Youngjae Lee (Fordham University School of Law) has posted The Criminal Jury, Moral Judgments, and Political Representation (University of Illinois Law Review, Forthcoming) on SSRN. Here is the abstract:
Was the sexual act consensual? Did the defendant have a reasonable belief that he was in imminent danger of death by an attacker? Did the police use excessive force? Did the defendant act in a heinous or cruel manner? Did the defendant act with depraved indifference to human life? These are some of the questions that criminal juries encounter. Determinations of such questions involve a combination of factual and moral questions, both questions about what happened and questions about the evaluative significance of what happened. This feature of the criminal jury — that the jury routinely decides normative questions — is frequently noted but is rarely examined. What does it exactly mean when we say that juries make normative determinations, and what is the nature of the inquiry that the jurors are engaging in when they consider moral questions in this particular setting? More specifically, this Article asks whether a juror, when making moral judgments, should follow his or her individual moral beliefs or identify and implement the community’s perspective.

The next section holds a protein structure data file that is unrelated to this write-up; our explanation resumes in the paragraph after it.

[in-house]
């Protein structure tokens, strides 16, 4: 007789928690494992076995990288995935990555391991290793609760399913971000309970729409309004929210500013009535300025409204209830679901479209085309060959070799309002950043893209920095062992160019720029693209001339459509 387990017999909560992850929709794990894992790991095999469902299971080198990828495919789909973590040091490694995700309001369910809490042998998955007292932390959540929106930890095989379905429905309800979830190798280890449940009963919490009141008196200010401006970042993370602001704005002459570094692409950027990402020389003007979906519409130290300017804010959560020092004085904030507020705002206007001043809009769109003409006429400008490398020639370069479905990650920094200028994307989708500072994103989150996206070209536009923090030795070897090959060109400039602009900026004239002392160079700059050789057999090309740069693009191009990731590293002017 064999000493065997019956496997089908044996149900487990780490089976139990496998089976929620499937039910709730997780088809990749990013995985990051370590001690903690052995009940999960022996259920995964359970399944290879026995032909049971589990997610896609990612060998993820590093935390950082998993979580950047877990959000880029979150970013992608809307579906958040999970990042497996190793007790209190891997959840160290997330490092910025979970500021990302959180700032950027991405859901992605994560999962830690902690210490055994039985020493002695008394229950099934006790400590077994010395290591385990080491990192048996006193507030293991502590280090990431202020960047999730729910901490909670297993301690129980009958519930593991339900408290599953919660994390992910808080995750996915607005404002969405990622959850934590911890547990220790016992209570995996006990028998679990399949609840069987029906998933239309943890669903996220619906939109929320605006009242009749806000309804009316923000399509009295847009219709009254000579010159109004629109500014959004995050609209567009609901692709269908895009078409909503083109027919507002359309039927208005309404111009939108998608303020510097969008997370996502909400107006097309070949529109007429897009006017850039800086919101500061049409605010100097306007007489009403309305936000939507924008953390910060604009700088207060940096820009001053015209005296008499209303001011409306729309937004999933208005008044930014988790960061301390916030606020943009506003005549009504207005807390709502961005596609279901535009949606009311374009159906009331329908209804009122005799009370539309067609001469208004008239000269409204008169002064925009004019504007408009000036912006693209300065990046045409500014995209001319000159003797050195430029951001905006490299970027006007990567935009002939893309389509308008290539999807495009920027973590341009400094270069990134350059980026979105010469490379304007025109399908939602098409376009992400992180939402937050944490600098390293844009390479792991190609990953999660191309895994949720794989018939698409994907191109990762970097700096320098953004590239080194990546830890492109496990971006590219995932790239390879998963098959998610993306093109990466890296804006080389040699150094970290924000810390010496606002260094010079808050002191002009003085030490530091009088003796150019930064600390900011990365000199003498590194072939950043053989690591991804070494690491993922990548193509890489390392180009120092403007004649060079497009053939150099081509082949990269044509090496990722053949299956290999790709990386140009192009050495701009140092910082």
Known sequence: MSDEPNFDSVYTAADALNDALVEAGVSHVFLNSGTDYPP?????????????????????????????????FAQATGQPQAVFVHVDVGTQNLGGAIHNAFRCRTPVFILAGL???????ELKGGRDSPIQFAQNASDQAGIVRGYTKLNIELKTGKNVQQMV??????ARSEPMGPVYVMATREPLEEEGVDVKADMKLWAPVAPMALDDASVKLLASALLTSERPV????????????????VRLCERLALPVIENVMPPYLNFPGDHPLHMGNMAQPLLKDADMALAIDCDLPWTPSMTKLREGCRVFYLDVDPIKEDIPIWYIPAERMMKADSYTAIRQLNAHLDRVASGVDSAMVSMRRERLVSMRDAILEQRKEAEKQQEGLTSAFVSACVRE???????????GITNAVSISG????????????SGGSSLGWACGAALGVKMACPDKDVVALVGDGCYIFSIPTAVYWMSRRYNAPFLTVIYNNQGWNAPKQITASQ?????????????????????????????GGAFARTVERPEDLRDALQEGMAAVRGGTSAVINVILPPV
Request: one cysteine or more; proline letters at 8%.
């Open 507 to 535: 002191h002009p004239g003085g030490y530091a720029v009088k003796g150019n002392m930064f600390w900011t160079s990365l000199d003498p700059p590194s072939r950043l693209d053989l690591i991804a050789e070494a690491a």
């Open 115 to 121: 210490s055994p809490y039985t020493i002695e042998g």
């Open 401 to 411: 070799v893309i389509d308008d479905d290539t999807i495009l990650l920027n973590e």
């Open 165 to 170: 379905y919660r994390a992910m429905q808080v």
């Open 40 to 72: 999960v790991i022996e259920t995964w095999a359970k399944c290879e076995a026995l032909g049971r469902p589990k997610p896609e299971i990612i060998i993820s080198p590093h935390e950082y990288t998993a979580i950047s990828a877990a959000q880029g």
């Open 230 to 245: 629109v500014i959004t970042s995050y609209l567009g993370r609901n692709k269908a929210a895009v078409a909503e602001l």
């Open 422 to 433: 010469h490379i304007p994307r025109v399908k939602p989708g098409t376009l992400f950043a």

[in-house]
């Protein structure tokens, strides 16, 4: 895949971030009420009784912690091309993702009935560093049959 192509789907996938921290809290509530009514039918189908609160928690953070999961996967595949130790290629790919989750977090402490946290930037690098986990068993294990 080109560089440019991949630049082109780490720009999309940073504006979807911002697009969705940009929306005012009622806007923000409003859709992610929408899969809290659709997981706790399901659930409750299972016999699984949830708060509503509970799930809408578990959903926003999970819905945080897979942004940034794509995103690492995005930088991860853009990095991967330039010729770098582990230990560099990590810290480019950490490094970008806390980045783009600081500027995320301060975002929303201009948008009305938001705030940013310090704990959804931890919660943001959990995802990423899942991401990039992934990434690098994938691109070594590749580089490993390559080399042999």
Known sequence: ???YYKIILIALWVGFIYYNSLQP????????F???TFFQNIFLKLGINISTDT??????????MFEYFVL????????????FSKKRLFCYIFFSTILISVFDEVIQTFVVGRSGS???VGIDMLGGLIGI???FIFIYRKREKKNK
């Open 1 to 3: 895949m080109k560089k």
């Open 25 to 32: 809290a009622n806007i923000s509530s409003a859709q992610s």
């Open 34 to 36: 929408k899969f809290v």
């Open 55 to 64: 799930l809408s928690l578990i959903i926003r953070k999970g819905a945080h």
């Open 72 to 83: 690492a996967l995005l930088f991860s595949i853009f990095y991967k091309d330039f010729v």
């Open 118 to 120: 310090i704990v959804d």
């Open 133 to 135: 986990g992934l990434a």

Many things said about the criminal jury appear to support the view that the jurors should attempt to replicate the community’s perspective. It is often said, for instance, the criminal jury serves as the community’s conscience, representative, or fiduciary, and such formulations suggest an obligation on the part of the jurors to reproduce the community’s perspective. This Article argues that despite the popularity of such accounts, they are either too indeterminate to imply an obligation on the part of the jurors to reproduce the community’s perspective, or in conflict with the fundamental obligation of jurors to adjudicate fairly and accurately. This Article, therefore, concludes that we are better off jettisoning the talk of the criminal jury as the community’s conscience, representative, or fiduciary, at least in this context, and should instead embrace the notion that jurors fulfill their roles in the criminal justice system most effectively when they vote as individuals, not as representatives, by applying legal standards to particular situations and bringing a diversity of viewpoints to the task.